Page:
And this Ramadan has helped, insha Allah, bring me closer than ever to Him.
Subhan Allah, the time goes so fast!
I’m down here typing this blog post while I wait for the time to break my fast. Got about half an hour left and I’m feeling pretty good alhamdu lillah.
Went by one of my daughters and my grandkiddies were all there. After giving me a big hug, my five year old grandson pinched his nose.
“What’s the matter?” I asked. “Do I smell?”
“But I’m not stinky.”
Oh, of course! I’m fasting! And his mother scolded him for being rude, but I told her not to and I told him that I can’t help it. I’m fasting. But he’s too young to understand yet.
Ran my errands.
Tired, a bit of a headache because I’m thirsty and my mouth is dry, but honestly, you have to look at all the carnage that is going on all around the world and really we have nothing to complain about!
My heart just breaks for Gaza.
The Jews did not deserve the suffering they endured during the Holocaust, and the Palestinians don’t deserve the suffering they’re going through either. Nor do the Rohinga in Myanmar, nor the Uighur in China, nor the Syrians, oh the Syrians! And nor do the Ukrainians! Or the Africans!
And I think the biggest lesson we should have learned from the Holocaust is that the idea that a people are considered measly enough to be exterminated while the world looks on and does nothing, is horrible! We should never, ever, be lulled into the idea that oppression in any form is justified. That “they just do that over there”.
So much bloodshed, so much heartache and we’re all fixated on soccer!
Well the Germans won, and good for them.
They certainly worked for it.
It’s funny what you can do when you put your mind to it, even when you’re fasting.
Yesterday I drove about two hours, to do a storytelling presentation in Waterloo. It was a hot day! And storytelling is physically exerting even when you’re not fasting. And not drinking on top of a hot day and an hour of telling…wasn’t sure how I’d handle it.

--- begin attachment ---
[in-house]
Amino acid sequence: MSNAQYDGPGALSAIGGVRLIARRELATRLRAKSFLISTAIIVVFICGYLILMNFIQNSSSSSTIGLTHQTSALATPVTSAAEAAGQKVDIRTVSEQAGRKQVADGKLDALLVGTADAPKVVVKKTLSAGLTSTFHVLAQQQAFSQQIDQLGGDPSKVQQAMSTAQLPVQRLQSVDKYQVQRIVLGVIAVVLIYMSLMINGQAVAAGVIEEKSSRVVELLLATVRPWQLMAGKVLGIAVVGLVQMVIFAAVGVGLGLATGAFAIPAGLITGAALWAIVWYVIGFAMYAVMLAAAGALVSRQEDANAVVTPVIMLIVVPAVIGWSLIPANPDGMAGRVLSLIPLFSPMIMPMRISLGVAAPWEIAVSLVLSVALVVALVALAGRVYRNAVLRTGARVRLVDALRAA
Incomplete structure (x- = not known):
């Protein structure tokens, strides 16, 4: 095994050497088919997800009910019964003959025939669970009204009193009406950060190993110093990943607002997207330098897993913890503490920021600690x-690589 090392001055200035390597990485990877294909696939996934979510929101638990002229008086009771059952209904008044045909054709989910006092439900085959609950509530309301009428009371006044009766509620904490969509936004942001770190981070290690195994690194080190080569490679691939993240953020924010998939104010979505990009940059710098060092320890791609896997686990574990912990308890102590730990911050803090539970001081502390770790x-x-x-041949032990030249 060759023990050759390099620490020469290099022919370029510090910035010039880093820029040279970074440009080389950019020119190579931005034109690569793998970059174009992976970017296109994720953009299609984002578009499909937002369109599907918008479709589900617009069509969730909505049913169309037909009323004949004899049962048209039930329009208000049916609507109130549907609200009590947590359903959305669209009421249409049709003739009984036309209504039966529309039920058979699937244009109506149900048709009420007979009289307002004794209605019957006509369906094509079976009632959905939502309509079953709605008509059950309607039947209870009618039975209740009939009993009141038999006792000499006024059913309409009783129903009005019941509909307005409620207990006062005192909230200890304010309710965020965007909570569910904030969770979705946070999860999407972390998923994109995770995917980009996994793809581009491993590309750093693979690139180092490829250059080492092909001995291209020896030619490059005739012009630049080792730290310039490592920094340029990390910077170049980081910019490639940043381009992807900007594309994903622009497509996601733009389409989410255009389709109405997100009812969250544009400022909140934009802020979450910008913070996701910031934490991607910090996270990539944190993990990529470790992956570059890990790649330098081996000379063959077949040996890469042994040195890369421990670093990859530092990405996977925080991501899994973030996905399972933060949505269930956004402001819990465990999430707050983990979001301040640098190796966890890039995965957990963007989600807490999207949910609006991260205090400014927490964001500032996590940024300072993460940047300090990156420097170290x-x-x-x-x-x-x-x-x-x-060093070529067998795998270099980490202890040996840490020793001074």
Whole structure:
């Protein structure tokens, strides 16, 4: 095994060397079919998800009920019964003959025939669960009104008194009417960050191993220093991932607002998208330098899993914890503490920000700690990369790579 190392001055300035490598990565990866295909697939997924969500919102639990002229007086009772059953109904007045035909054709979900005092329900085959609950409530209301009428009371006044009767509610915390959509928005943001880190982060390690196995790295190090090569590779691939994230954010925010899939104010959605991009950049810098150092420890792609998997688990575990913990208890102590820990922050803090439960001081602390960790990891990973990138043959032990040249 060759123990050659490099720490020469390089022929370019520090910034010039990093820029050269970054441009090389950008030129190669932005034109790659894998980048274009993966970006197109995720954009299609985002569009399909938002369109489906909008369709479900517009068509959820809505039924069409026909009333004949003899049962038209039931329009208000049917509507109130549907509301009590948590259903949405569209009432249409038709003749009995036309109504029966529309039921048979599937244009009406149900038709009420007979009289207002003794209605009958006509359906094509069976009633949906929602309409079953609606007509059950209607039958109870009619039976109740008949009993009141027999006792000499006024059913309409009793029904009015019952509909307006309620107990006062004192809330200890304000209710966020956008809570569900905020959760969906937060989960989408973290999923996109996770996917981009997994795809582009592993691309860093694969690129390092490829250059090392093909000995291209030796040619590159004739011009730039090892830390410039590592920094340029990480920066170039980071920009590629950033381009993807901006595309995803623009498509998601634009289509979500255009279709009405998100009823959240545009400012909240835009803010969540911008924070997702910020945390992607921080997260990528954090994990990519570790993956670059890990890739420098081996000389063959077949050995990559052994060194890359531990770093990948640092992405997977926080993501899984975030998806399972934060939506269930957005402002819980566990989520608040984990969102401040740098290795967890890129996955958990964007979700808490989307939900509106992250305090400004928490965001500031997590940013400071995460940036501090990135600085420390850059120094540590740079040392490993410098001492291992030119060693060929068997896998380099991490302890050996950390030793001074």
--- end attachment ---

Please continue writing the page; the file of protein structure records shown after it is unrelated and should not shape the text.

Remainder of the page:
In fact there are times when I’m telling that I can feel that my vocal chords are getting strained. And when they do, my voice loses its timbre, it gets squeaky and I start doing that dry cough.
Well, it turned out that the storytelling tent was next to the ‘workshop’ tent. The organizer warned me that they’d been holding all kinds of workshops in there the day before, including Arabian dance with loud music and drums.
As we were waiting for my time to start, an ominous sign.
People walking by with big, and I’m talking, HUGE, drums!
They started their drumming workshop just as I started my stories.
The audience started out very small! About five people, three of them kids. And I had to shout into the microphone to be heard over the drums.
But I got two stories done, and then things toned down, and by being so loud, I’d actually attracted a number of people who’d been walking by towards the parking lot. They sat down and listened, and by the time I was done, I had an audience of twenty to thirty people.
Of course in that situation people come and people go. They’ll wait till you finish a story and they’ll just grab the kids and leave, and you simply can’t take it personally.
Often it’s about logistics, nap time, snack time, bathroom, etc.
At the very end there was five minutes to kill and I don’t know a story that takes five minutes, and since most of the audience were adult by then, I told them the idea behind Wanting Mor.
Then my time was up.
And as I was packing up my books and stuff, a lady who’d joined the audience, asked if she could buy a copy of Wanting Mor. Of course, I replied.
Then she told me that I’d ‘caught’ her as she was going to her car, and that she simply had to sit down and hear my stories.
I ‘caught’ her.
The idea makes me smile.
Hope she enjoys the book!
Came home with my voice a bit strained, and very very thirsty!!!! But feeling pretty good over all and thinking hey, I’m stronger than I thought I was!
I survived storytelling in Ramadan!
I went to an iftar dinner on Saturday night.
Funny how the topic of weight loss so often comes up during Ramadan.
You’d think with the long days and the not eating that you’d lose a lot of weight during Ramadan.
In fact some people gain.
All the fancy dinner parties.